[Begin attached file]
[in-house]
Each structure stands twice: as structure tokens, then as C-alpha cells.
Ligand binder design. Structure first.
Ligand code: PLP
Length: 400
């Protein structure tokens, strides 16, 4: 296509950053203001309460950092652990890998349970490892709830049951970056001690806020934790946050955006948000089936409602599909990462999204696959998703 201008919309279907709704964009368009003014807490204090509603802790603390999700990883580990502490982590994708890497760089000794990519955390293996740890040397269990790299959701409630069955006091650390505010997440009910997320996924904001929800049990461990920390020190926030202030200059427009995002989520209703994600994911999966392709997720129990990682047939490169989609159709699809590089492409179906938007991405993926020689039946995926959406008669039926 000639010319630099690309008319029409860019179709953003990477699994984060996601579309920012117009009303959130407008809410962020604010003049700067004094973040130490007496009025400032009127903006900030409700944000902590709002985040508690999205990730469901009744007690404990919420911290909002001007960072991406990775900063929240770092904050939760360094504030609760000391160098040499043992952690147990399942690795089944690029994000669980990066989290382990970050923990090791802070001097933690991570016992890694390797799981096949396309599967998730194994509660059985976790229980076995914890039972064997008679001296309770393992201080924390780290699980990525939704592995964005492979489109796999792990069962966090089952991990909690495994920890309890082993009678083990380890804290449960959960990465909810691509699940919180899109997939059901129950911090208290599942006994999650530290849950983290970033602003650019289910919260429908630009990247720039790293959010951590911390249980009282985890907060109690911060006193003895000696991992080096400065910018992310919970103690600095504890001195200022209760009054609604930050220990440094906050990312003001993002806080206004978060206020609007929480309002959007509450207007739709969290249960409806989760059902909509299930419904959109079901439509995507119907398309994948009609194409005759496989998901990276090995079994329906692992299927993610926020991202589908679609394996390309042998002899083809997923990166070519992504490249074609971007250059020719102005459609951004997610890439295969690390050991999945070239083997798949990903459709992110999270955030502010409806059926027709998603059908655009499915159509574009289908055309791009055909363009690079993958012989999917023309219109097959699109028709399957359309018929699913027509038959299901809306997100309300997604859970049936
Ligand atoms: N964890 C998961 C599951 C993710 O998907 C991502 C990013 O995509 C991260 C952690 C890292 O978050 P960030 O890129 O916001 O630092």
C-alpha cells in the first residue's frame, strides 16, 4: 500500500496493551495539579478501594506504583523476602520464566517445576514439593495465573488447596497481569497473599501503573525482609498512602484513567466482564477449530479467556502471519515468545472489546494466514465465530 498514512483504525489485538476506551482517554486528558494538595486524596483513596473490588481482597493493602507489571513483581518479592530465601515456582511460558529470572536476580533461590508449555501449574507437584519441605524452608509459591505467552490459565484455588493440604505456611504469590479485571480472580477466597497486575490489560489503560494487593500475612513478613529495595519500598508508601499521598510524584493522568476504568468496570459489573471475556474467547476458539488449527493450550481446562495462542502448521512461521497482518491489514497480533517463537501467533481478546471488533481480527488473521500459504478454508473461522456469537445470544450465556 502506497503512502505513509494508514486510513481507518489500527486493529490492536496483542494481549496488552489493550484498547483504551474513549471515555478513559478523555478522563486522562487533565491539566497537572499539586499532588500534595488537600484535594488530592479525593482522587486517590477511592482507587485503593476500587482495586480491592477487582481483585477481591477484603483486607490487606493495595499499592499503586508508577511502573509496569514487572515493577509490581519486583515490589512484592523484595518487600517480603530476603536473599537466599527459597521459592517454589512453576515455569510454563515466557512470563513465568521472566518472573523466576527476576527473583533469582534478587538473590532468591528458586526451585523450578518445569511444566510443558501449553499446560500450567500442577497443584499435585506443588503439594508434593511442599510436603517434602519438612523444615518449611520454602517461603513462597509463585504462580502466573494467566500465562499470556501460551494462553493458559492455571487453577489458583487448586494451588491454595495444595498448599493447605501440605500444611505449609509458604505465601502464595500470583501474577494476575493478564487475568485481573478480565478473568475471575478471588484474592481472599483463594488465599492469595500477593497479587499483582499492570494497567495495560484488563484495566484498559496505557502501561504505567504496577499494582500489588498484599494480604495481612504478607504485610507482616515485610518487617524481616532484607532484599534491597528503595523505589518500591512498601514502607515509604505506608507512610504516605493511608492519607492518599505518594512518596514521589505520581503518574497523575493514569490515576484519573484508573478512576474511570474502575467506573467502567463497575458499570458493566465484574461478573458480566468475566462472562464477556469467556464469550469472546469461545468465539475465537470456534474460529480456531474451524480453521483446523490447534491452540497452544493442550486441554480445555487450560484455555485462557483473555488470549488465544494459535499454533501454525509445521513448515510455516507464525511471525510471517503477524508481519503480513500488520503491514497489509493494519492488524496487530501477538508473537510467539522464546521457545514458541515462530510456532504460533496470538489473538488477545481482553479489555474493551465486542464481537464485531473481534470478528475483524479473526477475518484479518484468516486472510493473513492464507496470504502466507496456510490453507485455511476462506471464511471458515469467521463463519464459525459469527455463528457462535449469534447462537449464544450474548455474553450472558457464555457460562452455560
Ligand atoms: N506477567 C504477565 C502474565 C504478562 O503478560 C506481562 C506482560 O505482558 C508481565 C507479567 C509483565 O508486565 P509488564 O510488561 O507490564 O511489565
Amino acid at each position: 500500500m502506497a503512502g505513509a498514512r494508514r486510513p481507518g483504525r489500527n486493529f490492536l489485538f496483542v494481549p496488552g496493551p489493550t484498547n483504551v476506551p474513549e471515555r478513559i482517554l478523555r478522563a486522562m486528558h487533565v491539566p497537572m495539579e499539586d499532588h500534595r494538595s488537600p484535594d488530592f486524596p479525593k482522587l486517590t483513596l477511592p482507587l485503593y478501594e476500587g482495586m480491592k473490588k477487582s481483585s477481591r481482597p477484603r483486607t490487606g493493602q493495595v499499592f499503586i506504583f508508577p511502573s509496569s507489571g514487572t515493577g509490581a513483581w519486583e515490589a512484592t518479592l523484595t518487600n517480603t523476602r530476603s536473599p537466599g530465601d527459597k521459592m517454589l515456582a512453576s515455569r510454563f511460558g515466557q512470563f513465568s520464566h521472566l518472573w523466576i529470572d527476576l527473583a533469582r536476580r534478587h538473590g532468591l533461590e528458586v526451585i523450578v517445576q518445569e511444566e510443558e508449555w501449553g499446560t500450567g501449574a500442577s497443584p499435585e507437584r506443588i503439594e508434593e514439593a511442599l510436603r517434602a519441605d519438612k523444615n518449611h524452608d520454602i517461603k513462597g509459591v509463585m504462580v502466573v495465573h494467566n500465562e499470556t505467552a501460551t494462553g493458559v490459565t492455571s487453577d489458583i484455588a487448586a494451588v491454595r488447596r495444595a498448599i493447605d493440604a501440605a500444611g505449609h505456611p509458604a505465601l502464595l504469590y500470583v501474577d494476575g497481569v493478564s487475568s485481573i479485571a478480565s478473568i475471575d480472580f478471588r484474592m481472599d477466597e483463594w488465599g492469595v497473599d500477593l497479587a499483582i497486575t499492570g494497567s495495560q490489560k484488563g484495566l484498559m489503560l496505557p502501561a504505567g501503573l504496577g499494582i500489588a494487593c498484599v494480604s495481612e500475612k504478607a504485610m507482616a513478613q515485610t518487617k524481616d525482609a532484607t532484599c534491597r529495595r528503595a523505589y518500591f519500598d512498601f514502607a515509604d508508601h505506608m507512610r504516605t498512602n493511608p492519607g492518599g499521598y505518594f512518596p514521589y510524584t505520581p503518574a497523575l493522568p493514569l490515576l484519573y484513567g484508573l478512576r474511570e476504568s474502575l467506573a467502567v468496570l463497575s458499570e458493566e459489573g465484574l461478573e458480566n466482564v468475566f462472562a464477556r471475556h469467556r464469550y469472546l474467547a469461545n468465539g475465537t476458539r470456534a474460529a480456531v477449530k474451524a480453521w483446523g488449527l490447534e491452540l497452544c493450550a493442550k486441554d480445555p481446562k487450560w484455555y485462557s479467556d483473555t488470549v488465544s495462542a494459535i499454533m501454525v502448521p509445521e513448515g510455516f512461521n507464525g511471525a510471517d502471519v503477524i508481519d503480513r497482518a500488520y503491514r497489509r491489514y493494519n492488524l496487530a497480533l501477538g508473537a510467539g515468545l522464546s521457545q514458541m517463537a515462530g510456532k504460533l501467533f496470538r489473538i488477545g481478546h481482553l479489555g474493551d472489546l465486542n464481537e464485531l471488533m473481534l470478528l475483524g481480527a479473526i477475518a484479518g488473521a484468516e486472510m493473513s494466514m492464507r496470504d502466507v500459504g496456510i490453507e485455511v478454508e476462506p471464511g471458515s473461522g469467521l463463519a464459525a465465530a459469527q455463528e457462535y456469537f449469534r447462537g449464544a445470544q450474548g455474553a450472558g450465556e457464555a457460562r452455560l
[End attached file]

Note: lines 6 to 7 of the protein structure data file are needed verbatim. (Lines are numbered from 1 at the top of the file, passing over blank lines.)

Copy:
């Protein structure tokens, strides 16, 4: 296509950053203001309460950092652990890998349970490892709830049951970056001690806020934790946050955006948000089936409602599909990462999204696959998703 201008919309279907709704964009368009003014807490204090509603802790603390999700990883580990502490982590994708890497760089000794990519955390293996740890040397269990790299959701409630069955006091650390505010997440009910997320996924904001929800049990461990920390020190926030202030200059427009995002989520209703994600994911999966392709997720129990990682047939490169989609159709699809590089492409179906938007991405993926020689039946995926959406008669039926 000639010319630099690309008319029409860019179709953003990477699994984060996601579309920012117009009303959130407008809410962020604010003049700067004094973040130490007496009025400032009127903006900030409700944000902590709002985040508690999205990730469901009744007690404990919420911290909002001007960072991406990775900063929240770092904050939760360094504030609760000391160098040499043992952690147990399942690795089944690029994000669980990066989290382990970050923990090791802070001097933690991570016992890694390797799981096949396309599967998730194994509660059985976790229980076995914890039972064997008679001296309770393992201080924390780290699980990525939704592995964005492979489109796999792990069962966090089952991990909690495994920890309890082993009678083990380890804290449960959960990465909810691509699940919180899109997939059901129950911090208290599942006994999650530290849950983290970033602003650019289910919260429908630009990247720039790293959010951590911390249980009282985890907060109690911060006193003895000696991992080096400065910018992310919970103690600095504890001195200022209760009054609604930050220990440094906050990312003001993002806080206004978060206020609007929480309002959007509450207007739709969290249960409806989760059902909509299930419904959109079901439509995507119907398309994948009609194409005759496989998901990276090995079994329906692992299927993610926020991202589908679609394996390309042998002899083809997923990166070519992504490249074609971007250059020719102005459609951004997610890439295969690390050991999945070239083997798949990903459709992110999270955030502010409806059926027709998603059908655009499915159509574009289908055309791009055909363009690079993958012989999917023309219109097959699109028709399957359309018929699913027509038959299901809306997100309300997604859970049936
Ligand atoms: N964890 C998961 C599951 C993710 O998907 C991502 C990013 O995509 C991260 C952690 C890292 O978050 P960030 O890129 O916001 O630092």